This story was updated June 27, 2018, at 7:26 p.m. with more information.
NASHVILLE — Erlanger Health System's bid to build a free-standing emergency department in Bradley County was denied Wednesday by the Tennessee Health Services and Development Agency.
The agency also denied a request from Tennova Healthcare — Cleveland, a 351-bed hospital in the heart of Bradley County, to do the same.
Representatives from each hospital presented arguments for why their project and not the other's deserved a certificate of need, or CON, which grants health care providers permission to expand services based on an area's medical needs. Both claimed that the emergency rooms at their main campuses are overwhelmed with patients who could be served by the new facilities.
After more than three hours of testimony, Dr. Kenneth Patric, the physician member of the agency's board of directors, said he was "inclined to not approve either" project, because claiming a need for one facility and denying a need for the other didn't make sense.
Board member Thom Mills, who voted for Tennova's project and against Erlanger's, said he was "struggling" with the idea that Erlanger's presence in Bradley County could funnel patients away from local practices and into Hamilton County.
"With Erlanger, I think that's a good possibility," he said.
This is the second major blow to Erlanger this week after the hospital system was denied a certificate of need for a new cancer center in Ringgold, Georgia, on Monday.
During Wednesday's hearing, Erlanger CEO Kevin Spiegel said Erlanger treats more than 25,000 patients annually from Bradley County and neighboring Polk County, Tennessee, where the local hospital recently closed. Erlanger's CON application was a response to the "unsustainable outmigration" of patients and meant to reduce high volumes as well as help vulnerable patients who travel long distances for care, he said.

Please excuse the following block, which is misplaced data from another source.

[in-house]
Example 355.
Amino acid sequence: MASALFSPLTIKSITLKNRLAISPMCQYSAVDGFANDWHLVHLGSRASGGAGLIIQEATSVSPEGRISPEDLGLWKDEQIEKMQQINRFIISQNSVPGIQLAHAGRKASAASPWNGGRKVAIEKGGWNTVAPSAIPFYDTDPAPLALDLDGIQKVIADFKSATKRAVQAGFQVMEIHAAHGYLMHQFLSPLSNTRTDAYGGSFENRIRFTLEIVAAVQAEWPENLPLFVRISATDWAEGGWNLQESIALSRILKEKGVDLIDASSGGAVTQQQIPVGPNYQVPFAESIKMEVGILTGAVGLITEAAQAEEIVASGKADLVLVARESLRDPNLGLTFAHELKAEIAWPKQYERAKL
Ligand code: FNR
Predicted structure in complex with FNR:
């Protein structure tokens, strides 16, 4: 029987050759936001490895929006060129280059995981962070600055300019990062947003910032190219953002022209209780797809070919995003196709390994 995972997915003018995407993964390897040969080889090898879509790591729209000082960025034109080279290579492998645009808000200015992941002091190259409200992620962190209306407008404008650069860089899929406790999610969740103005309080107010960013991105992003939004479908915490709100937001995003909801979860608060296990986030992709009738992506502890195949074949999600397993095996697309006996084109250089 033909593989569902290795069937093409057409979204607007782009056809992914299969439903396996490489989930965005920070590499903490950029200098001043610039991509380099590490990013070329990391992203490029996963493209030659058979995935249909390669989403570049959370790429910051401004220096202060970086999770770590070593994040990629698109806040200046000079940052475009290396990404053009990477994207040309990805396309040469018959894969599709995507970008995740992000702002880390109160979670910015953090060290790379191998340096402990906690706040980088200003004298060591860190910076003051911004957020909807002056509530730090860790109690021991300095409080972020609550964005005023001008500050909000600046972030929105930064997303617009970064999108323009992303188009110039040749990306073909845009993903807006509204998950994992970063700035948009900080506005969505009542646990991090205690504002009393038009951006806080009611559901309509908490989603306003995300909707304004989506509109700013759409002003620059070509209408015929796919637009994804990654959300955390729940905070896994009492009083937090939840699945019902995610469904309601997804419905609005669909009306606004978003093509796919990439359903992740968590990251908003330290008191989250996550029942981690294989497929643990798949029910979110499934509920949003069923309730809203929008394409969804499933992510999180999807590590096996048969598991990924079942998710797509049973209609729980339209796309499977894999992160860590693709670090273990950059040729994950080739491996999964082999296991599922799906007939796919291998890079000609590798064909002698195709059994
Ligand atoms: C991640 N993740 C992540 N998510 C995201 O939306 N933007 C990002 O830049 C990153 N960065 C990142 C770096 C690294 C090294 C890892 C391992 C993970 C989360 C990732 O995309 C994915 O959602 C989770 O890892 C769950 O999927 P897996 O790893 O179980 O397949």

"There is no question these proposals would have significantly improved the health of those communities as well as economic development in Bradley County if both had been approved," Spiegel said in a statement after the decision.
Tennova CEO Coleman Foss said he was disappointed in the outcome but respects the decision.
"We have a long-standing history of providing quality care to our community and will always work to be the provider of choice for local residents," Foss said in a statement, adding that Tennova will strive to improve access and better accommodate Bradley County's rapidly growing population.
Foss and Dr. William Johnson, chief medical officer for Tennova Cleveland, both told the Times Free Press that they weren't surprised by the result, and their CON pursuit was primarily about keeping Erlanger out of Bradley County.
"ERs are getting taxed across the country, and people are trying to find solutions," Foss said. "But the right way to address it, in our opinion, is not to come into another county and say, 'Let us take care of your patients.' That just doesn't even make sense."
In their arguments, Erlanger officials attacked Tennova's quality and efficiency, claiming the hospital's current monopoly in Bradley County gives no motive to improve and drives patients away from their homes and into Chattanooga.
Tennova advocates called Erlanger's move a "brazen market grab" and criticized Erlanger for ignoring local providers and creating a "better than" culture.
Other arguments against the projects came from representatives of Starr Regional Medical Center in McMinn County. They said the close proximity of the proposed emergency departments would siphon patients away from their Athens and Etowah facilities.
CHI Memorial Hospital officials also came to argue that Erlanger overstepped by calling the proposed facility a trauma center and touting cardiac catheterization services.
Blows aside, ultimately the agency rejected both projects in a 6-2 vote, citing failure to prove need and emphasizing that health care system problems aren't fixed by more emergency departments.
Contact staff writer Elizabeth Fite at email@example.com or 423-757-6673.